Critical Computer Data Security Breach Guidance

The California Attorney General (Kamala Harris) released a Data Breach Report early in 2016 (Available Here) which details the scope and breadth of data breaches over the past four (4) years and provides guidance to a wide range of businesses explaining processes for securing data based upon the criticality of data handled by the business keyed to national standards.  Businesses can use these processes and securitization protocols as a defense to third party and governmental allegations of data security negligence.  Lately, the Federal Trade Commission (FTC) has been aggressively pursuing companies that do not handle data properly.  See Federal Trade Commission v. Amazon.com, Inc., C134-1038-JCC (W.D. Wash. Apr. 26, 2016)(although court denied the FTC’s request for an injunction, the Agency did assert that Amazon failed to maintain reasonable and appropriate data security practices).  The California Breach Report provides guidelines for security compliance.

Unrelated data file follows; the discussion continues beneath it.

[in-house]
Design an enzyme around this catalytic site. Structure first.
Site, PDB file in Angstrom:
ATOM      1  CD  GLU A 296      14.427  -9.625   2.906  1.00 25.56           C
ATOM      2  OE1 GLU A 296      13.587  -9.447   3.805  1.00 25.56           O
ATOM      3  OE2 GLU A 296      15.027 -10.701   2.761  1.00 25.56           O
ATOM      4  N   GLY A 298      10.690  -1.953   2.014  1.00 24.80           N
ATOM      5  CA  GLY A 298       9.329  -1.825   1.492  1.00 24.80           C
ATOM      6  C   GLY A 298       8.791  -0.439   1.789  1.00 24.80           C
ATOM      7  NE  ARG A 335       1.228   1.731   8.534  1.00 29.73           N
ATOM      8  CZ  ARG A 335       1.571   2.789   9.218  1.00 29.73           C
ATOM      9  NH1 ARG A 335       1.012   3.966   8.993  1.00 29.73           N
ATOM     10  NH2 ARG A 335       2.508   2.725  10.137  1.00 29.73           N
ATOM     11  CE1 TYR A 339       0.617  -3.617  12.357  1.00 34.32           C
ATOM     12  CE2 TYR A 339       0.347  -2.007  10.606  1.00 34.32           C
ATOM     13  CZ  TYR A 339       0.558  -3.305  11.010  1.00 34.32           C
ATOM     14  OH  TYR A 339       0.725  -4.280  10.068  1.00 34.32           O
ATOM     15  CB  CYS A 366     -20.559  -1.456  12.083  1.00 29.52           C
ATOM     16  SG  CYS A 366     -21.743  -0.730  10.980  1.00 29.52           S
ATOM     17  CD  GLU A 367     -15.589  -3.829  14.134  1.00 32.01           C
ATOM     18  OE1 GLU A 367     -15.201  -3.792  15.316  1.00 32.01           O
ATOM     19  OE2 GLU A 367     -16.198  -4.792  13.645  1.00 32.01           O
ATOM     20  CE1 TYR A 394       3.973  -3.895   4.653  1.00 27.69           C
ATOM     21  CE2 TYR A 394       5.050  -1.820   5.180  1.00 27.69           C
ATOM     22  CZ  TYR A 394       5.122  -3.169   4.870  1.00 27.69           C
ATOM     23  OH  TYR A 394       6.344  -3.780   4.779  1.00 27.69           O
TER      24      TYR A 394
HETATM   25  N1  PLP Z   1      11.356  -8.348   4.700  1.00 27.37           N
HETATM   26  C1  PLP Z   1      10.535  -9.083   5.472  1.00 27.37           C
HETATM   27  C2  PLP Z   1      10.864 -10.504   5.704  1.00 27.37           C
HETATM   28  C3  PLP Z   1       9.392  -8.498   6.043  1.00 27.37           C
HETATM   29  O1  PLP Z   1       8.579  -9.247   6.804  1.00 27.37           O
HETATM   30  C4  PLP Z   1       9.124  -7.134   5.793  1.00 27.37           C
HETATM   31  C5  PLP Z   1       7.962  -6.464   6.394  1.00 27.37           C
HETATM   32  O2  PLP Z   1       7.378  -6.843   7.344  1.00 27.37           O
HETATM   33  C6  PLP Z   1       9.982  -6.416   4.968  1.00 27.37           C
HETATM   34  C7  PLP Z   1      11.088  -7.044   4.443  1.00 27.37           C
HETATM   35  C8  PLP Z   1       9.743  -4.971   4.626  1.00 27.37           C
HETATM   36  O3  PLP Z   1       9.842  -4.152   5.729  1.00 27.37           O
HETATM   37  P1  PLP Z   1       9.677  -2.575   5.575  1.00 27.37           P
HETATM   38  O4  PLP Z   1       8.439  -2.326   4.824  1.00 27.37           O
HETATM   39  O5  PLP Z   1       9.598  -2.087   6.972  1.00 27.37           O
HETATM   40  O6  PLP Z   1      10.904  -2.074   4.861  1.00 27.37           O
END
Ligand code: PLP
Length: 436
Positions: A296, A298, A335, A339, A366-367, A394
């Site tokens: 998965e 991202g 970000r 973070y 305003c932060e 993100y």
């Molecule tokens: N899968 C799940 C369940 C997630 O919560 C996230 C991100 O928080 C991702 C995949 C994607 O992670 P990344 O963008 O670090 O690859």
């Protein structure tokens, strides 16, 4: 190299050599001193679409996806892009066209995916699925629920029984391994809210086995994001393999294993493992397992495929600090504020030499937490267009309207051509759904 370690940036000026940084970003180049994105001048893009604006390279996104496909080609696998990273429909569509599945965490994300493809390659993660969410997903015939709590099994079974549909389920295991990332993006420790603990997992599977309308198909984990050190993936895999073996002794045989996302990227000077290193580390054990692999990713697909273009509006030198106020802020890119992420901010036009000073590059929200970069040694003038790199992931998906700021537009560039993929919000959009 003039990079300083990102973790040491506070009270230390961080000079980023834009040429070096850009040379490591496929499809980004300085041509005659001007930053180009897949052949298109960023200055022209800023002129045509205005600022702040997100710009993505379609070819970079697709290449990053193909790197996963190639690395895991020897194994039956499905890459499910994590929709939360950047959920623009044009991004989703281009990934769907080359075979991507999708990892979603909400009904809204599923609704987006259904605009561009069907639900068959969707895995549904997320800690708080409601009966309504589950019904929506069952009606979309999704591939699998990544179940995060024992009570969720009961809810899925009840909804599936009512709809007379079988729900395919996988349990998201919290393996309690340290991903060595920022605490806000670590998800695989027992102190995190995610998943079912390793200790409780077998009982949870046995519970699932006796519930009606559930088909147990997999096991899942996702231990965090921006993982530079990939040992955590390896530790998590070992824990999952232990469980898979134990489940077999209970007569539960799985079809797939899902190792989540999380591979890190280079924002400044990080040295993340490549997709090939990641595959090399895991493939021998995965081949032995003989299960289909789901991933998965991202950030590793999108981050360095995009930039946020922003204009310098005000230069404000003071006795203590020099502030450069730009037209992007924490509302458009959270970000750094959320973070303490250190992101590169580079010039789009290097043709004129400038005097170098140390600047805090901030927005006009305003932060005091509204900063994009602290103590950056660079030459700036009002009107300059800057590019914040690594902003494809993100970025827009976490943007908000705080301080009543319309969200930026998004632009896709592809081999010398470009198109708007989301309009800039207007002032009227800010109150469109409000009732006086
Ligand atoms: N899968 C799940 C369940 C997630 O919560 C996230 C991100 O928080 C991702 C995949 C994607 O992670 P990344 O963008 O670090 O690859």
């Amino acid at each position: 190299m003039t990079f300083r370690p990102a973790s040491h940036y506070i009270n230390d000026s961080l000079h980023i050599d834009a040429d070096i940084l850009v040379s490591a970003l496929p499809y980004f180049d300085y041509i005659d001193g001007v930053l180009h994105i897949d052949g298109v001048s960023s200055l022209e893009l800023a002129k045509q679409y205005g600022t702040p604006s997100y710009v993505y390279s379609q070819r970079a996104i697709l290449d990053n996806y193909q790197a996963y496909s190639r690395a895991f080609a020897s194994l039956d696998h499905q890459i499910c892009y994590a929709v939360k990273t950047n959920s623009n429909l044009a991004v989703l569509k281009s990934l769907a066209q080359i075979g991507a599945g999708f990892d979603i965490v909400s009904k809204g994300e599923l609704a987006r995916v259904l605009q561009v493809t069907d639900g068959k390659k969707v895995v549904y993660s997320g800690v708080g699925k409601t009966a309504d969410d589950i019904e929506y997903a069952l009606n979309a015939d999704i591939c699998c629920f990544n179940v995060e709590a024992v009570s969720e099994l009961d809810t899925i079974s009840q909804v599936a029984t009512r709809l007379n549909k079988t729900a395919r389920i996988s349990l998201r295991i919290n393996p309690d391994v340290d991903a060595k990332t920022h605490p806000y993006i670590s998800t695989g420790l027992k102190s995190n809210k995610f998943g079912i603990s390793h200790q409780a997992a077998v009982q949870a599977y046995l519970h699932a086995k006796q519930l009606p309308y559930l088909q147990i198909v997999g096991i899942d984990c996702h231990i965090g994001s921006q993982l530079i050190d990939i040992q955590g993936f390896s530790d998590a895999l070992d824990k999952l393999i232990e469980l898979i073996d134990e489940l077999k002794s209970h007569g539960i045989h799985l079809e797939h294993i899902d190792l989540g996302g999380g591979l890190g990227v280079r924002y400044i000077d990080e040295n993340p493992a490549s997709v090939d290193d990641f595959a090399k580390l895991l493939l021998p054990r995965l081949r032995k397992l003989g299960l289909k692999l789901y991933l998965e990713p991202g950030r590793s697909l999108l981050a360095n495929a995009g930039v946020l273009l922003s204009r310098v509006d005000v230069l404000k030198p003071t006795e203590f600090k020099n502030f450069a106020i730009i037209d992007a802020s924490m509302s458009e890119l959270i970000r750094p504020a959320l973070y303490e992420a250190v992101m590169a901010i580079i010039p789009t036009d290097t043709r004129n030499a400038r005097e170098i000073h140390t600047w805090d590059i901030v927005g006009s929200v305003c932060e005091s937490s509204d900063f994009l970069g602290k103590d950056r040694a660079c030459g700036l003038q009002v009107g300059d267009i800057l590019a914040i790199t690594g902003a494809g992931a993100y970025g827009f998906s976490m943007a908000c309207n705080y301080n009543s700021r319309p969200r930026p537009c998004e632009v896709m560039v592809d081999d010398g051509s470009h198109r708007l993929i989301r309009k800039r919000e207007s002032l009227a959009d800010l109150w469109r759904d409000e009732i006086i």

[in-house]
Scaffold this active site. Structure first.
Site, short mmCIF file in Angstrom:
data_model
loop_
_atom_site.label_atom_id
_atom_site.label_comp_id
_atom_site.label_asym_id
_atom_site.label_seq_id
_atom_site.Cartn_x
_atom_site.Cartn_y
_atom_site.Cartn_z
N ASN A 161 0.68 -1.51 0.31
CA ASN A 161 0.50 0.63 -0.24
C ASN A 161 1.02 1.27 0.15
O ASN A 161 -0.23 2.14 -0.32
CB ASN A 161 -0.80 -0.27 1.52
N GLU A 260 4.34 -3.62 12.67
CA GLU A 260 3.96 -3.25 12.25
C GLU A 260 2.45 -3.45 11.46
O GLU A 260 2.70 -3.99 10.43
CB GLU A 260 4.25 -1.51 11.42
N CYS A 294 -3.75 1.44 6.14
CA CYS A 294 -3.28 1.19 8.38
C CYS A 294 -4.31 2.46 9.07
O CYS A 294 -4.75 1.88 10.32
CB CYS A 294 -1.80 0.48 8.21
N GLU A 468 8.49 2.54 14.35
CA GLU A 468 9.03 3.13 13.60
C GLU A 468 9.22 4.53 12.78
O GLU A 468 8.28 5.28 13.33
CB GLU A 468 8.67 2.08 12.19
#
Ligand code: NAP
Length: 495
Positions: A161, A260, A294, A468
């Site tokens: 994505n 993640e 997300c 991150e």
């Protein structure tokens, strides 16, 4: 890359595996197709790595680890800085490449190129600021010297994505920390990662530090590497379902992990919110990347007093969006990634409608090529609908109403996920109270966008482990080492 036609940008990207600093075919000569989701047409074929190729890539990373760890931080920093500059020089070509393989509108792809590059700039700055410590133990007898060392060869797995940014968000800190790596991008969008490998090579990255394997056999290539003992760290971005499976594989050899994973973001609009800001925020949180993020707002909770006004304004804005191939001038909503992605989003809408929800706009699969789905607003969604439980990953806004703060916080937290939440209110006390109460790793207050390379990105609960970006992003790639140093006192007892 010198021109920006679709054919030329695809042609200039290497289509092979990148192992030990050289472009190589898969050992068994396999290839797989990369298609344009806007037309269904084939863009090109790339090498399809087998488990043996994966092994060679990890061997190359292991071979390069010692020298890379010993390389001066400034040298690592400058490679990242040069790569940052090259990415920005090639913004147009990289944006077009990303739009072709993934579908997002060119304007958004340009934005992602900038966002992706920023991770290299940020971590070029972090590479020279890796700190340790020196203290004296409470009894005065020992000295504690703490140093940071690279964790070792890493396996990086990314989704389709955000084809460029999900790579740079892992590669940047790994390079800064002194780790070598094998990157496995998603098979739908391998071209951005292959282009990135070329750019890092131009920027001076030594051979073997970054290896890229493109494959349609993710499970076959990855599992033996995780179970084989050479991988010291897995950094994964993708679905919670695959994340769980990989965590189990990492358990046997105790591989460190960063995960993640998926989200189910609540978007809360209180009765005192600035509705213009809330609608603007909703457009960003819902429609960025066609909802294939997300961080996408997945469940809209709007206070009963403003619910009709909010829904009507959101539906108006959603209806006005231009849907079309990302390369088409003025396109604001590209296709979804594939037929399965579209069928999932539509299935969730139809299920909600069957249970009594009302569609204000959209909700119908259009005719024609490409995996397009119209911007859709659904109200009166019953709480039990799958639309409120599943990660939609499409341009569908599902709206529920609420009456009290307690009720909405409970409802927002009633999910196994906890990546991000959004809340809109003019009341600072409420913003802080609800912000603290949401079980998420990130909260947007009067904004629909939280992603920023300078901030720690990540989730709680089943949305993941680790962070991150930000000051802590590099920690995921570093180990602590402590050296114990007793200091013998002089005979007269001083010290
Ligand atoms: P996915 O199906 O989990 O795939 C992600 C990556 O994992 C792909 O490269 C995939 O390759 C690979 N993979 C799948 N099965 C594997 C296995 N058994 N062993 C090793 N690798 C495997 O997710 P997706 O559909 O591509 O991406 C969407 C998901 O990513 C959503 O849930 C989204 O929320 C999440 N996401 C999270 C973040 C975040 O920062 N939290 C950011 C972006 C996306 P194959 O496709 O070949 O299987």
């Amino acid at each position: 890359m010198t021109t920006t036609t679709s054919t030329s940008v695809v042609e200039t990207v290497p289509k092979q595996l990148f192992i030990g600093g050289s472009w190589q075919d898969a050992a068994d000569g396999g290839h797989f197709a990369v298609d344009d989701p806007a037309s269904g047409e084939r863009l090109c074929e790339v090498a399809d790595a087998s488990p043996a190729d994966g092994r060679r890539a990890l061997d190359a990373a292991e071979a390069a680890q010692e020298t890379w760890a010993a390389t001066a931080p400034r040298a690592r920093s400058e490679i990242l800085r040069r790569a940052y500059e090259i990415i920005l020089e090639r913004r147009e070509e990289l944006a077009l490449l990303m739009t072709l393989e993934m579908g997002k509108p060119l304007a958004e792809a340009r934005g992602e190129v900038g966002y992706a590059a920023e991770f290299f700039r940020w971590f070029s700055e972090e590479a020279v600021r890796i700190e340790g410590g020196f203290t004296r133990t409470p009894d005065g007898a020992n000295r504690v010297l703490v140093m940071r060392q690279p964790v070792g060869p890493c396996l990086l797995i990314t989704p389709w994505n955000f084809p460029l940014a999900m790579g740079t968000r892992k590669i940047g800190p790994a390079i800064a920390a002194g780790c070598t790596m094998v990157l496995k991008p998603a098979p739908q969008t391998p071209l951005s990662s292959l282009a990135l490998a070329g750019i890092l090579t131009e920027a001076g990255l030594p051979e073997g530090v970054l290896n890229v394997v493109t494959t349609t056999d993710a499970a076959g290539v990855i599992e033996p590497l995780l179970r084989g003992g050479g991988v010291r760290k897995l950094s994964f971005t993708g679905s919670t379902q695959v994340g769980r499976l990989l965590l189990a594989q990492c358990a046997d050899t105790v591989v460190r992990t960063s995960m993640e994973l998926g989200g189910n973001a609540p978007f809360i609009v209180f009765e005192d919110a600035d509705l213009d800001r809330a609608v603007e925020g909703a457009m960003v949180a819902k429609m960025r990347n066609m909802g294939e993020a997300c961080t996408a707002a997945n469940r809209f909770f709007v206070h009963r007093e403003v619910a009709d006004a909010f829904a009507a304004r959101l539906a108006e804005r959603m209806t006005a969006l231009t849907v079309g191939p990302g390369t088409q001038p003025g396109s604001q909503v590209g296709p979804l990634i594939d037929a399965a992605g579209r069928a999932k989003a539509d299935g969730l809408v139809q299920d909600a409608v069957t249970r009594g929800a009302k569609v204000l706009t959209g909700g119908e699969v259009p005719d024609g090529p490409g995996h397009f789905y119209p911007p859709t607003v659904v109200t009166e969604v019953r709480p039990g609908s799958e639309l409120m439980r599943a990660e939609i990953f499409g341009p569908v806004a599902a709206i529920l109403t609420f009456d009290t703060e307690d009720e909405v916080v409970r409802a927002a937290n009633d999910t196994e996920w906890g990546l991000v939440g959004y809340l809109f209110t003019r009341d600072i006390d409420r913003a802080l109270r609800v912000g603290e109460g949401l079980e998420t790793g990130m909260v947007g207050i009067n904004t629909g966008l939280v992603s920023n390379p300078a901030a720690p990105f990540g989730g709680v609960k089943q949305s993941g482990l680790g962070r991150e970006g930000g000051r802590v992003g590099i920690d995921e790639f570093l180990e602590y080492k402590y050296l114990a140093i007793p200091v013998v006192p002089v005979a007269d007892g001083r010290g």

Breach Types: Breaches can be categorized by type: (1) Malware and hacking breaches caused by intentional intrusions into computer systems by unauthorized outsiders.  (2) Physical breaches resulting from theft or loss of unencrypted data stored on laptops, desktop computers, hard drives, USB drives, data tapes or paper documents. (3) Error breaches which stem from anything insiders (employees or service providers) unintentionally do or leave undone that exposes personal information to unauthorized individuals.  (4) Misuse breaches the result of trusted insiders intentionally using privileges in unauthorized ways.  Graphically:

Number of Data Breaches 20012 – 2015 (according to the report and as shown below)

breach FIG

 

 

 

 

 

 

 

 

Data Types: Although the data breach laws vary State by State as do the definitions of what is “protected data,” the California Breach Report describes certain critical data types: (i) name, plus Social Security number, driver’s license number, financial account number (such as bank account numbers and payment card numbers), (ii) medical information, or health insurance information; and (iii) credentials for online accounts (user ID or email address, plus password or security question and answer).